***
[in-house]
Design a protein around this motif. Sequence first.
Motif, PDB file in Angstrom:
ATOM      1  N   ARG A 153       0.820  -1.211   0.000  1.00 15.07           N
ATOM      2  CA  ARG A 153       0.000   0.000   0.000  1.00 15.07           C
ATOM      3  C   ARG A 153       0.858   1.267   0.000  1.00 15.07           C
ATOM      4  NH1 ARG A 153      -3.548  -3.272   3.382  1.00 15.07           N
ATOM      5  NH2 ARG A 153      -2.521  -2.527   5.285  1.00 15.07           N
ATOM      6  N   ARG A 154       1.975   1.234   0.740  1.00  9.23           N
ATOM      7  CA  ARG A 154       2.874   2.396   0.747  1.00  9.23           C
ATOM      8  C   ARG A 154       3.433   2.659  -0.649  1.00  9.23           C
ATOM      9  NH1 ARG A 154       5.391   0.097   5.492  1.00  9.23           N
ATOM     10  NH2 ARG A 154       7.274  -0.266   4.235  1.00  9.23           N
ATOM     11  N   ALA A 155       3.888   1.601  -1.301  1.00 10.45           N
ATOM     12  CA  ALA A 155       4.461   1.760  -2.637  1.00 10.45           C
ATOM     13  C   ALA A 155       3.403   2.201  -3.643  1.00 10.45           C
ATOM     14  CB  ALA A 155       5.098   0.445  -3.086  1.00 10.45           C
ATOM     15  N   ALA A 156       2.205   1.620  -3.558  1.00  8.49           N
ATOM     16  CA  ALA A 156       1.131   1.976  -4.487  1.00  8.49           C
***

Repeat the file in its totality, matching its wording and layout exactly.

[in-house]
Design a protein around this motif. Sequence first.
Motif, PDB file in Angstrom:
ATOM      1  N   ARG A 153       0.820  -1.211   0.000  1.00 15.07           N
ATOM      2  CA  ARG A 153       0.000   0.000   0.000  1.00 15.07           C
ATOM      3  C   ARG A 153       0.858   1.267   0.000  1.00 15.07           C
ATOM      4  NH1 ARG A 153      -3.548  -3.272   3.382  1.00 15.07           N
ATOM      5  NH2 ARG A 153      -2.521  -2.527   5.285  1.00 15.07           N
ATOM      6  N   ARG A 154       1.975   1.234   0.740  1.00  9.23           N
ATOM      7  CA  ARG A 154       2.874   2.396   0.747  1.00  9.23           C
ATOM      8  C   ARG A 154       3.433   2.659  -0.649  1.00  9.23           C
ATOM      9  NH1 ARG A 154       5.391   0.097   5.492  1.00  9.23           N
ATOM     10  NH2 ARG A 154       7.274  -0.266   4.235  1.00  9.23           N
ATOM     11  N   ALA A 155       3.888   1.601  -1.301  1.00 10.45           N
ATOM     12  CA  ALA A 155       4.461   1.760  -2.637  1.00 10.45           C
ATOM     13  C   ALA A 155       3.403   2.201  -3.643  1.00 10.45           C
ATOM     14  CB  ALA A 155       5.098   0.445  -3.086  1.00 10.45           C
ATOM     15  N   ALA A 156       2.205   1.620  -3.558  1.00  8.49           N
ATOM     16  CA  ALA A 156       1.131   1.976  -4.487  1.00  8.49           C